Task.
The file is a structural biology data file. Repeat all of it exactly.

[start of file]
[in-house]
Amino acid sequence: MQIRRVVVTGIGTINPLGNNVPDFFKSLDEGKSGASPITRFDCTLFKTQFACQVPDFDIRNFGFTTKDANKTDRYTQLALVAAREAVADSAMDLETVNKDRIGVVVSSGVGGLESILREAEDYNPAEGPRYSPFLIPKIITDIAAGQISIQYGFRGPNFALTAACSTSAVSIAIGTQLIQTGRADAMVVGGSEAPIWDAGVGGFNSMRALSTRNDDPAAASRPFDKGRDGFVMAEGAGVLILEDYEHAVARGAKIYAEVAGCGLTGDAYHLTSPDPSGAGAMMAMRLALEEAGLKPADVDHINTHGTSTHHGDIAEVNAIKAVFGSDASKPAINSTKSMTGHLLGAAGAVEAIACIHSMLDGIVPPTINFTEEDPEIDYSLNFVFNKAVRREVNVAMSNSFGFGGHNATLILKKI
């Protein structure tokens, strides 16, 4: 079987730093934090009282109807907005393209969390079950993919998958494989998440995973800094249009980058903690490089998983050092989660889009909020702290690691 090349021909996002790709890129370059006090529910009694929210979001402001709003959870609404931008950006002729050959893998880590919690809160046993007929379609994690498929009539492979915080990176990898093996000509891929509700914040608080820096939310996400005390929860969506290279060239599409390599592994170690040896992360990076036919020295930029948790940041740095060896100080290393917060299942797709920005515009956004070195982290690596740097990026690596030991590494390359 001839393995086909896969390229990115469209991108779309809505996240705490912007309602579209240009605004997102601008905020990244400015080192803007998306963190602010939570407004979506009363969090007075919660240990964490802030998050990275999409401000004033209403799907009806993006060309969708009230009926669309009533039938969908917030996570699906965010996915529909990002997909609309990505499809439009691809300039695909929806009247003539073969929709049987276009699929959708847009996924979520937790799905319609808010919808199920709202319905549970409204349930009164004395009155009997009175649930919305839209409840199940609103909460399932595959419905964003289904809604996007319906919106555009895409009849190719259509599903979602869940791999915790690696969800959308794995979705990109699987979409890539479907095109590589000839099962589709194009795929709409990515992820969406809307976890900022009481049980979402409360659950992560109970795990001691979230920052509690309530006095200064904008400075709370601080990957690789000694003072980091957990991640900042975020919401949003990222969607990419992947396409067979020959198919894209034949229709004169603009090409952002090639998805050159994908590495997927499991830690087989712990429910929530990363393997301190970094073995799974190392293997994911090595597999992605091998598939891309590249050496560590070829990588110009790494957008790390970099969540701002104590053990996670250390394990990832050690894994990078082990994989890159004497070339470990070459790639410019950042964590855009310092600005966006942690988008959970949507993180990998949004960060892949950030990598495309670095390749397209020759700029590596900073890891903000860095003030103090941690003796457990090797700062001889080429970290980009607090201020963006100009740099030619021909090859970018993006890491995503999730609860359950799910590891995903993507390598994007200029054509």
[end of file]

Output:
[in-house]
Amino acid sequence: MQIRRVVVTGIGTINPLGNNVPDFFKSLDEGKSGASPITRFDCTLFKTQFACQVPDFDIRNFGFTTKDANKTDRYTQLALVAAREAVADSAMDLETVNKDRIGVVVSSGVGGLESILREAEDYNPAEGPRYSPFLIPKIITDIAAGQISIQYGFRGPNFALTAACSTSAVSIAIGTQLIQTGRADAMVVGGSEAPIWDAGVGGFNSMRALSTRNDDPAAASRPFDKGRDGFVMAEGAGVLILEDYEHAVARGAKIYAEVAGCGLTGDAYHLTSPDPSGAGAMMAMRLALEEAGLKPADVDHINTHGTSTHHGDIAEVNAIKAVFGSDASKPAINSTKSMTGHLLGAAGAVEAIACIHSMLDGIVPPTINFTEEDPEIDYSLNFVFNKAVRREVNVAMSNSFGFGGHNATLILKKI
């Protein structure tokens, strides 16, 4: 079987730093934090009282109807907005393209969390079950993919998958494989998440995973800094249009980058903690490089998983050092989660889009909020702290690691 090349021909996002790709890129370059006090529910009694929210979001402001709003959870609404931008950006002729050959893998880590919690809160046993007929379609994690498929009539492979915080990176990898093996000509891929509700914040608080820096939310996400005390929860969506290279060239599409390599592994170690040896992360990076036919020295930029948790940041740095060896100080290393917060299942797709920005515009956004070195982290690596740097990026690596030991590494390359 001839393995086909896969390229990115469209991108779309809505996240705490912007309602579209240009605004997102601008905020990244400015080192803007998306963190602010939570407004979506009363969090007075919660240990964490802030998050990275999409401000004033209403799907009806993006060309969708009230009926669309009533039938969908917030996570699906965010996915529909990002997909609309990505499809439009691809300039695909929806009247003539073969929709049987276009699929959708847009996924979520937790799905319609808010919808199920709202319905549970409204349930009164004395009155009997009175649930919305839209409840199940609103909460399932595959419905964003289904809604996007319906919106555009895409009849190719259509599903979602869940791999915790690696969800959308794995979705990109699987979409890539479907095109590589000839099962589709194009795929709409990515992820969406809307976890900022009481049980979402409360659950992560109970795990001691979230920052509690309530006095200064904008400075709370601080990957690789000694003072980091957990991640900042975020919401949003990222969607990419992947396409067979020959198919894209034949229709004169603009090409952002090639998805050159994908590495997927499991830690087989712990429910929530990363393997301190970094073995799974190392293997994911090595597999992605091998598939891309590249050496560590070829990588110009790494957008790390970099969540701002104590053990996670250390394990990832050690894994990078082990994989890159004497070339470990070459790639410019950042964590855009310092600005966006942690988008959970949507993180990998949004960060892949950030990598495309670095390749397209020759700029590596900073890891903000860095003030103090941690003796457990090797700062001889080429970290980009607090201020963006100009740099030619021909090859970018993006890491995503999730609860359950799910590891995903993507390598994007200029054509």